Page images
PDF

ROBIN HOOD.

TO A FRIEND.

No! those days are gone away,
And their hours are old and grey,
And their minutes buried all
Under the down-trodden pall
Of the leaves of many years:
Many times have Winter's shears,
Frozen North, and chilling East,
Sounded tempests to the feast
Of the forest's whispering fleeces,
Since men knew nor rent nor leases.

No, the bugle sounds no more,
And the twanging bow no more;
Silent is the ivory shrill
Past the heath and up the hill;
There is no mid-forest laugh,
Where lone Echo gives the half
To some wight, amazed to hear
Jesting, deep in forest drear.

On the fairest time of June
You may go, with sun or moon,
Or the seven stars to light you,
Or the polar ray to right you;
But you never may behold
Little John, or Robin bold;
Never one, of all the clan,
Thrumming on an empty can
Some old hunting ditty, while
He doth his green way beguile

To fair hostess Merriment,
Down beside the pasture Trent;
For he left the merry tale,
Messenger for spicy ale.

Gone, the merry morris din;
Gone, the song of Gamelyn;
Gone, the tough-belted outlaw
Idling in the " grene shawe;"
All are gone away and past!
And if Robin should be cast
Sudden from his tufted grave,
And if Marian should have
Once again her forest days,
She would weep, and he would craze:
He would swear, for all his oaks,
Fall'n beneath the dockyard strokes,
Have rotted on the briny seas;
She would weep that her wild bees
Sang not to her—strange! that honey
Can't be got without hard money!

So it is; yet let us sing
Honour to the old bow-string!
Honour to the bugle-horn!
Honour to the woods unshorn!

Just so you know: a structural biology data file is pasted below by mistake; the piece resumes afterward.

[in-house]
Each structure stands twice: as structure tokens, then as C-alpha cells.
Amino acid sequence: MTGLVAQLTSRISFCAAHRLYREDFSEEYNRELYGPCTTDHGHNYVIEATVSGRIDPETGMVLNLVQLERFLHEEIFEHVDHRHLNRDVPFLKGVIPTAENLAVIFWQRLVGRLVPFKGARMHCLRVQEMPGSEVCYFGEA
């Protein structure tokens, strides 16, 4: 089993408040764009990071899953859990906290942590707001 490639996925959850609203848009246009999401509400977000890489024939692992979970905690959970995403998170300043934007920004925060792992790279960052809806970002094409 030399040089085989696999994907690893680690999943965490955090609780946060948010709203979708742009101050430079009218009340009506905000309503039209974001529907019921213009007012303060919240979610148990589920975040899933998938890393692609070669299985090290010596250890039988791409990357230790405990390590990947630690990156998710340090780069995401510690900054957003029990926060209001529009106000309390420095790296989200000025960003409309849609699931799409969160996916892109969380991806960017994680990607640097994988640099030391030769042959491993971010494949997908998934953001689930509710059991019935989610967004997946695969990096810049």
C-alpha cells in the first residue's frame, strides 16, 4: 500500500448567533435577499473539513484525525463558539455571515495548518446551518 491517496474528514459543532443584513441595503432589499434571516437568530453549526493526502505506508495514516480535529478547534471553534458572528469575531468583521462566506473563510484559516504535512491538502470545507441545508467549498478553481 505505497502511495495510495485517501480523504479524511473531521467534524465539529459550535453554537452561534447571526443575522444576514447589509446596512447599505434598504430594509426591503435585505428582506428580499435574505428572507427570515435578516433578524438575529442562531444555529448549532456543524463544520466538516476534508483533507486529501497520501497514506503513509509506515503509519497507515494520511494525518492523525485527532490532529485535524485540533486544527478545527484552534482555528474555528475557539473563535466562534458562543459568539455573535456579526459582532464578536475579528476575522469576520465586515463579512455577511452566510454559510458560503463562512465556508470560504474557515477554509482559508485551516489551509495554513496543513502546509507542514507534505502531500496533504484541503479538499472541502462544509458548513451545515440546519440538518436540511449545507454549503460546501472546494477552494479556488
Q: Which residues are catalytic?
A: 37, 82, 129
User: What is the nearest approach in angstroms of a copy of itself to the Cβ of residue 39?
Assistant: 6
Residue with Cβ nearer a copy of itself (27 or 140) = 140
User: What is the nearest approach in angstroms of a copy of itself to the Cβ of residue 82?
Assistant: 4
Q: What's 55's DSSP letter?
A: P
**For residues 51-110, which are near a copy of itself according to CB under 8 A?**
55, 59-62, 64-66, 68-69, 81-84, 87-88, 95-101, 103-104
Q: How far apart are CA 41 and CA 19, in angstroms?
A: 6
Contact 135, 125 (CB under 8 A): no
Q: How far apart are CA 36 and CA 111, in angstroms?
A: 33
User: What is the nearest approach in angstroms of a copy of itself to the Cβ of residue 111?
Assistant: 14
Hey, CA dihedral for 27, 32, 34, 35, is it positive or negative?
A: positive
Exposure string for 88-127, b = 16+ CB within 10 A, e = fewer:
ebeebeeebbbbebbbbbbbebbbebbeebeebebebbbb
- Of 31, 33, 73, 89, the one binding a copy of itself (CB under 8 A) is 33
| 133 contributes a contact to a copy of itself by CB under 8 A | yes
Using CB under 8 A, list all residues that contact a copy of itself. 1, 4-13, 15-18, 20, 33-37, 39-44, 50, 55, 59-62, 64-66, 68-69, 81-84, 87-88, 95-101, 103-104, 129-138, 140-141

Honour to the Lincoln green!
Honour to the archer keen!
Honour to tight Little John,
And the horse he rode upon!
Honour to bold Robin Hood,
Sleeping in the underwood!
Honour to Maid Marian,
And to all the Sherwood clan!
Though their days have hurried by,
Let us two a burden try.

SLEEP AND POETRY.

As I lay in my bed slepe full unmete
Was unto me, but why that I ne might
Rest I ne wist, for there n' as erthly wight
i As I suppose) had more of hertis ese
Than I, for I n' ad sicknesse nor disese.

Chaucer.

What is more gentle than a wind in summer?
What is more soothing than the pretty hummer
That stays one moment in an open flower,
And buzzes cheerily from bower to bower?
What is more tranquil than a musk-rose blowing
In a green island, far from all men's knowing?
More healthful than the leanness of dales?
More secret than a nest of nightingales?
More serene than Cordelia's countenance?
More full of visions than a high romance?
What, but thee, Sleep? Soft closer of our eyes!
Low murmurer of tender lullabies!
Light hoverer around our happy pillows!
Wreather of poppy buds, and weeping willows!
Silent entangler of a beauty's tresses!
Most happy listener! when the morning blesses
Thee for enlivening all the cheerful eyes
That glance so brightly at the new sun-rise.

But what is higher beyond thought than thee?
Fresher than berries of a mountain-tree?
More strange, more beautiful, more smooth, more regal,
Than wings of swans, than doves, than dim-seen eagle?
What is it? And to what shall I compare it?
It has a glory, and nought else can share it: